inner barOne of the things that interested me after the passing of the Queen was the changeover in post nominals from QC to KC and some of the history.

Apparently, the office dates back to 1670 (reign of Charles II), when the Privy Council declared that  “King’s Counsel” took precedence over the sergeants at law, who were the lay (non-clerical) advocates who appeared in the courts from the time of King Edward I.

The Supreme Court of NSW was established in 1823 and it appears that John Bayley Darvall was the first QC appointed in 1853. There would be grand “letters patent” issued by the Executive Council which included a commission (very similar to the one read out when new judges are now appointed): “Greetings We, confiding in your knowledge, experience, prudence, ability, and integrity do, with the advice of the Executive Council of our Colony of New South Wales nominate, constitute and appoint you the said NAME to be one of Our Counsel learned in the law for Our said Colony …. to take rank precedence and preaudience in all Our Courts of Justice next after NAME-1.…”

This continued up until 3 December 1992, when the Fahey government announced that it would not be appointing anymore QC’s: “….The Government should not be asked to mark out particular lawyers for special treatment. That doesn’t happen with accountants or other professionals — why should it happen with barristers? I don’t believe the Government should be involved in such a process. It simply emphasises how out of date we are.”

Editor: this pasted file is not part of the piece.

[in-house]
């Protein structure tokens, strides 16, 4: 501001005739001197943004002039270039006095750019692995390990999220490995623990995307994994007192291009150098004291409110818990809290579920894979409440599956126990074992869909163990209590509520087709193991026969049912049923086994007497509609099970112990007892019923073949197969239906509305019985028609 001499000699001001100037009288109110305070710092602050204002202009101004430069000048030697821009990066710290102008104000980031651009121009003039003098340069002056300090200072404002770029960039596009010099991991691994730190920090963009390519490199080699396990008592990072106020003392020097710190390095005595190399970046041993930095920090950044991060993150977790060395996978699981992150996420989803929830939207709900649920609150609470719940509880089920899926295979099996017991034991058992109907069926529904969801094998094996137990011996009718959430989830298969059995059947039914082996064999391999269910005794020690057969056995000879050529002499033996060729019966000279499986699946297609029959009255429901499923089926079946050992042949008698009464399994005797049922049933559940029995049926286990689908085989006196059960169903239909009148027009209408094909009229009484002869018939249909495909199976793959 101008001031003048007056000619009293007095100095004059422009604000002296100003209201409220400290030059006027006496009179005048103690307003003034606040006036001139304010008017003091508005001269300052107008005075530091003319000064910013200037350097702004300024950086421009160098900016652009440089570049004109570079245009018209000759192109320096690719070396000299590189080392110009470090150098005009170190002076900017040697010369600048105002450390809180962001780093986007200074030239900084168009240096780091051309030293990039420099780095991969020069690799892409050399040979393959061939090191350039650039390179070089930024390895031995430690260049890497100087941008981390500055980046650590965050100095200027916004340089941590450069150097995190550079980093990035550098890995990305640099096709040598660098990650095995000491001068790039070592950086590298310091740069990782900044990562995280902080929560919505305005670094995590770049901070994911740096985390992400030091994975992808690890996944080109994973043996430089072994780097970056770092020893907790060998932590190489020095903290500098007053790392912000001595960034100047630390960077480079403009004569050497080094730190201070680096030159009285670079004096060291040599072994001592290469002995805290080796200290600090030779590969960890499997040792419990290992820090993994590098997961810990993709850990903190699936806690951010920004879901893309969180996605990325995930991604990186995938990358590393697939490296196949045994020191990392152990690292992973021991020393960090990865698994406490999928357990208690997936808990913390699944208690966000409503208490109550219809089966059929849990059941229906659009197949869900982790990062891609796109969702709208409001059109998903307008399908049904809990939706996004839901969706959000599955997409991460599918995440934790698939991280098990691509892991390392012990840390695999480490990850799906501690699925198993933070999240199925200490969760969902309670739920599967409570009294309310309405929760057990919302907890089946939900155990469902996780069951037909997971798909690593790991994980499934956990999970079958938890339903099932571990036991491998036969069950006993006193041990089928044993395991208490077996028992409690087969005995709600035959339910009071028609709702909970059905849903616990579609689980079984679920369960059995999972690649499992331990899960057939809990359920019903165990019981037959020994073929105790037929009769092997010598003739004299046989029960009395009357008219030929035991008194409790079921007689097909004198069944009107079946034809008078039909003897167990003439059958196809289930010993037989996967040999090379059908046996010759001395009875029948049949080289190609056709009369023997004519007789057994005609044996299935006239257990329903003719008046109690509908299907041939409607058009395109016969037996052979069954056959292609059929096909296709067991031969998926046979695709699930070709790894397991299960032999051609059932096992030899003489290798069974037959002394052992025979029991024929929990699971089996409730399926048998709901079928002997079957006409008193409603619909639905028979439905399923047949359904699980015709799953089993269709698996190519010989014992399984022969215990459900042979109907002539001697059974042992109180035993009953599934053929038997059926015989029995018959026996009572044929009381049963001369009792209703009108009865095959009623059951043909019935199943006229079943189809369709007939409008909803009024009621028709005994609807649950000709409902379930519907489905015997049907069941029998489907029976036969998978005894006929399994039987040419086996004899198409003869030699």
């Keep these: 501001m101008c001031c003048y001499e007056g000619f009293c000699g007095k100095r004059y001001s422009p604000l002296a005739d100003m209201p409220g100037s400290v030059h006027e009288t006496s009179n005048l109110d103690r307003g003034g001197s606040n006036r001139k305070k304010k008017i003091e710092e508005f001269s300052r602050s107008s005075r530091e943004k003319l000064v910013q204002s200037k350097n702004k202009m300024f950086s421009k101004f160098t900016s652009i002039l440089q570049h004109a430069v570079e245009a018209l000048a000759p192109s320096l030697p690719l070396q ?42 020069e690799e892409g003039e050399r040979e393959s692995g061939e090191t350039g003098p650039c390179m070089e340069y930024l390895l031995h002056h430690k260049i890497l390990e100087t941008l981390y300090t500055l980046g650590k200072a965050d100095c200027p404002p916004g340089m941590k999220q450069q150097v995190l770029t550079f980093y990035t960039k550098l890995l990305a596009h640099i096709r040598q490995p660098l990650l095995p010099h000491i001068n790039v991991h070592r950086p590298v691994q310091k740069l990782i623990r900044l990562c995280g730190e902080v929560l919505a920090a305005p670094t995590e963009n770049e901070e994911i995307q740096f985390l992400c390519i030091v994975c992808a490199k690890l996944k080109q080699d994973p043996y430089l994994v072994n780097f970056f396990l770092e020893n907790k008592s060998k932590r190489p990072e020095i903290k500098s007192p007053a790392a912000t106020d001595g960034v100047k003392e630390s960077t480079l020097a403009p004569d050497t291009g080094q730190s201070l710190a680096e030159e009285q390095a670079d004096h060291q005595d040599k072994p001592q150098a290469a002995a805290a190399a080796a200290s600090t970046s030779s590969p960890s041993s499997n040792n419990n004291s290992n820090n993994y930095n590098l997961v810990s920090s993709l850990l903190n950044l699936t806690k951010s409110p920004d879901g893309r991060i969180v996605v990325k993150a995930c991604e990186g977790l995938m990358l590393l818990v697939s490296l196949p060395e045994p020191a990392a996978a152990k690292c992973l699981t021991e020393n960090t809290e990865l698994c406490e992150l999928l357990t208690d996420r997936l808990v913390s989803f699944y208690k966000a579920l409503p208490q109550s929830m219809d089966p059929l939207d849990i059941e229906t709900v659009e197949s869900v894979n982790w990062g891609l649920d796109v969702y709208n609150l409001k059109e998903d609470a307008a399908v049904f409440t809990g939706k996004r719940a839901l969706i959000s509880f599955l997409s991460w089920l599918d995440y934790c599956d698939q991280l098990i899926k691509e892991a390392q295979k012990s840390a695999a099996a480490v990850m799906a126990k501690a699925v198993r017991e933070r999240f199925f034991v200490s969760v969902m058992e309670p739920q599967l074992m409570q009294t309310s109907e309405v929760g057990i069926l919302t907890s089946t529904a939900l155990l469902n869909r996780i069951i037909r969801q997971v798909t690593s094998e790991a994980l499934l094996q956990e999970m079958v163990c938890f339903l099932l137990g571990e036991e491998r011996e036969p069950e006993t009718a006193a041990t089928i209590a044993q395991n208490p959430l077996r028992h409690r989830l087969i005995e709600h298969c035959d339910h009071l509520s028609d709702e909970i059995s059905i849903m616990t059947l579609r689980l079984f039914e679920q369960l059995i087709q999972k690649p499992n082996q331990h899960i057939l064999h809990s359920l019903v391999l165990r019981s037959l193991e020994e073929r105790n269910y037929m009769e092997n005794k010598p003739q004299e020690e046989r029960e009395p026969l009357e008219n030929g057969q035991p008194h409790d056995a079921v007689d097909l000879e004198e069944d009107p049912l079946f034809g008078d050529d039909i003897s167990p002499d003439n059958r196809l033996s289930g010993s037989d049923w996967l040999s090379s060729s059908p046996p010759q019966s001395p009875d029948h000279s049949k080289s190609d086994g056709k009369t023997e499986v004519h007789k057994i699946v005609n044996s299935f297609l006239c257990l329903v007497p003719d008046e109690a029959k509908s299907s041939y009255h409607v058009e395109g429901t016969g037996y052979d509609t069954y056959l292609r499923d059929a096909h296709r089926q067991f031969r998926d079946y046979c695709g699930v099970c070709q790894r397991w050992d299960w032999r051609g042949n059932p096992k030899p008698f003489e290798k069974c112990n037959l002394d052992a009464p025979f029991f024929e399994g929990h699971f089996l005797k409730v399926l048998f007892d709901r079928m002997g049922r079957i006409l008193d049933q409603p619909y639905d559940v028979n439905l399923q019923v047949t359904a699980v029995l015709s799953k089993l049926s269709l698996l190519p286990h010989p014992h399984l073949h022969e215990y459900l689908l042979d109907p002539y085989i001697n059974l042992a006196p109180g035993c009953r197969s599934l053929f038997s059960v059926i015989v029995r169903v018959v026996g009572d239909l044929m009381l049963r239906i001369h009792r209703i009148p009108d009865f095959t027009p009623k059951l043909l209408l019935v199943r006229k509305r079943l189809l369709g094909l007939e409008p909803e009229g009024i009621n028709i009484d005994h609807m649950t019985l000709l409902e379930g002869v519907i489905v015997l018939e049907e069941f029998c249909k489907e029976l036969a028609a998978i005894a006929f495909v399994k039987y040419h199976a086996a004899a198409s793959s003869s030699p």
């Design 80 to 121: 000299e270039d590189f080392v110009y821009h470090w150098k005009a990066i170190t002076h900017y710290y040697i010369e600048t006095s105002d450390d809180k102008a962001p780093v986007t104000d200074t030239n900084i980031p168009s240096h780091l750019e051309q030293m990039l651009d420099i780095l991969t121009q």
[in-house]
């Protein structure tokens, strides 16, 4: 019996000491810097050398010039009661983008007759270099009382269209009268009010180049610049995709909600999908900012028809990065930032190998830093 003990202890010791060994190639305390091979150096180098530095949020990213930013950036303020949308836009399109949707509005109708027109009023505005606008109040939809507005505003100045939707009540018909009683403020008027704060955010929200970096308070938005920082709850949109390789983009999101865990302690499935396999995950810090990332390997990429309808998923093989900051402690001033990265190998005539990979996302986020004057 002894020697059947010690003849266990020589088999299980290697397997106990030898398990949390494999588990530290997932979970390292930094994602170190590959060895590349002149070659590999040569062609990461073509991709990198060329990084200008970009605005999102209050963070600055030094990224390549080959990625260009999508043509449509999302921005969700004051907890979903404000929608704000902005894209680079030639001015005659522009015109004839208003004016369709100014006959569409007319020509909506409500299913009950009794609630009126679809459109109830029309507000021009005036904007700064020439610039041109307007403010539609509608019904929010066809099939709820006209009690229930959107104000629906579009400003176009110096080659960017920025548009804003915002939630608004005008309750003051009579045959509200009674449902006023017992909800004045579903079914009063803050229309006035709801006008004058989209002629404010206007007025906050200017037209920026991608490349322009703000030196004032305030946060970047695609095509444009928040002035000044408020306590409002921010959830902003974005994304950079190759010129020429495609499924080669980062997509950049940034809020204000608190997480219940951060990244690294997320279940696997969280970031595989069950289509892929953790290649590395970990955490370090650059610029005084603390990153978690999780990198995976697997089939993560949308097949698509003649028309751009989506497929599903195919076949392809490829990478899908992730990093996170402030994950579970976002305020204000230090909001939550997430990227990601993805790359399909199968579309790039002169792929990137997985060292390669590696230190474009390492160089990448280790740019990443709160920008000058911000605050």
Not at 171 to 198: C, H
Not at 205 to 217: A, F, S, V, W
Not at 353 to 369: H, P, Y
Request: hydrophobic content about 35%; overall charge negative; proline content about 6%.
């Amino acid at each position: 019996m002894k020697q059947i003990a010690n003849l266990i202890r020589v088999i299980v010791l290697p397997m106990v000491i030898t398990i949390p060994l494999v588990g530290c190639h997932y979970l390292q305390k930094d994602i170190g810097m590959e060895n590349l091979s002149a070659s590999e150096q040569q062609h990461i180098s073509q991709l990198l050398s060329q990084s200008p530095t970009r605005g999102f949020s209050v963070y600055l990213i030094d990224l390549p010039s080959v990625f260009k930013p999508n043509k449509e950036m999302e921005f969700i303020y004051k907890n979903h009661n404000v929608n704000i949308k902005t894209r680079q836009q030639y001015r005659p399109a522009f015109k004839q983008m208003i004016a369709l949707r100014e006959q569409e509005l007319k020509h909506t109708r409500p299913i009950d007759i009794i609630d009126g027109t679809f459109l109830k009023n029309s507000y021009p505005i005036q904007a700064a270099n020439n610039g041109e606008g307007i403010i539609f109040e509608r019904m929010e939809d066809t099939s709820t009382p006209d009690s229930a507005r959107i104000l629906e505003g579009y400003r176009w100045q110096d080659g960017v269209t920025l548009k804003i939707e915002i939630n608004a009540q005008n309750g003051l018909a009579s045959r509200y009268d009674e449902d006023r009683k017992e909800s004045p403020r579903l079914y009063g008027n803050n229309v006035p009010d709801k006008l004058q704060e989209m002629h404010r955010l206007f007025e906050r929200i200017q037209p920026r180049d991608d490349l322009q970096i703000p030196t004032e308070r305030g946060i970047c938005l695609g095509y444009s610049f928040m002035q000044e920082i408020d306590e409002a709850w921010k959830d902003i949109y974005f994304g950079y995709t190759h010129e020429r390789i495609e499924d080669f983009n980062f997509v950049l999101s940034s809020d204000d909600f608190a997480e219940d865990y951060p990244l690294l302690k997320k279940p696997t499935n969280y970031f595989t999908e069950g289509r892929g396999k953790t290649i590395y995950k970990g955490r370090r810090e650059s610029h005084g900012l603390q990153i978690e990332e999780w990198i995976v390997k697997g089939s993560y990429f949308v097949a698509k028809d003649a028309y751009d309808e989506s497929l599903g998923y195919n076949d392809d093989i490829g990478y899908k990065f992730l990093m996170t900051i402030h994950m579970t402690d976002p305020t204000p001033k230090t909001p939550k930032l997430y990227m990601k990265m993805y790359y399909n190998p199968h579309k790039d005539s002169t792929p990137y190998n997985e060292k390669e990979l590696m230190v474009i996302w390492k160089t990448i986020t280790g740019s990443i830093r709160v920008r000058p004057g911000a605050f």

This all pre-dates my admission as an Australian lawyer. However, one of the things I remember hearing from time to time were references to Peter Jacobson (then a Federal Court judge) as “the last QC”. It turns out he actually was. The (last) 1992 QC appointees were, in decreasing order of seniority (and excluding the Victorians)  Barr, Semmler, Basten, Slater, Steele, Hastings. Barry, Robb, Slattery, Catterns, Littlemore and Jacobson.

The first NSW SC was Michael John Sweeney. Other members of the class of ’93 included Messrs Flick, Hilton, Walker and Rares.

A couple of interesting articles if you want to dig further are in the personalia section of (1994) 68 ALJ 469 and also “The Great Silk Debate“.

Creative commons acknowledgment for the photograph.

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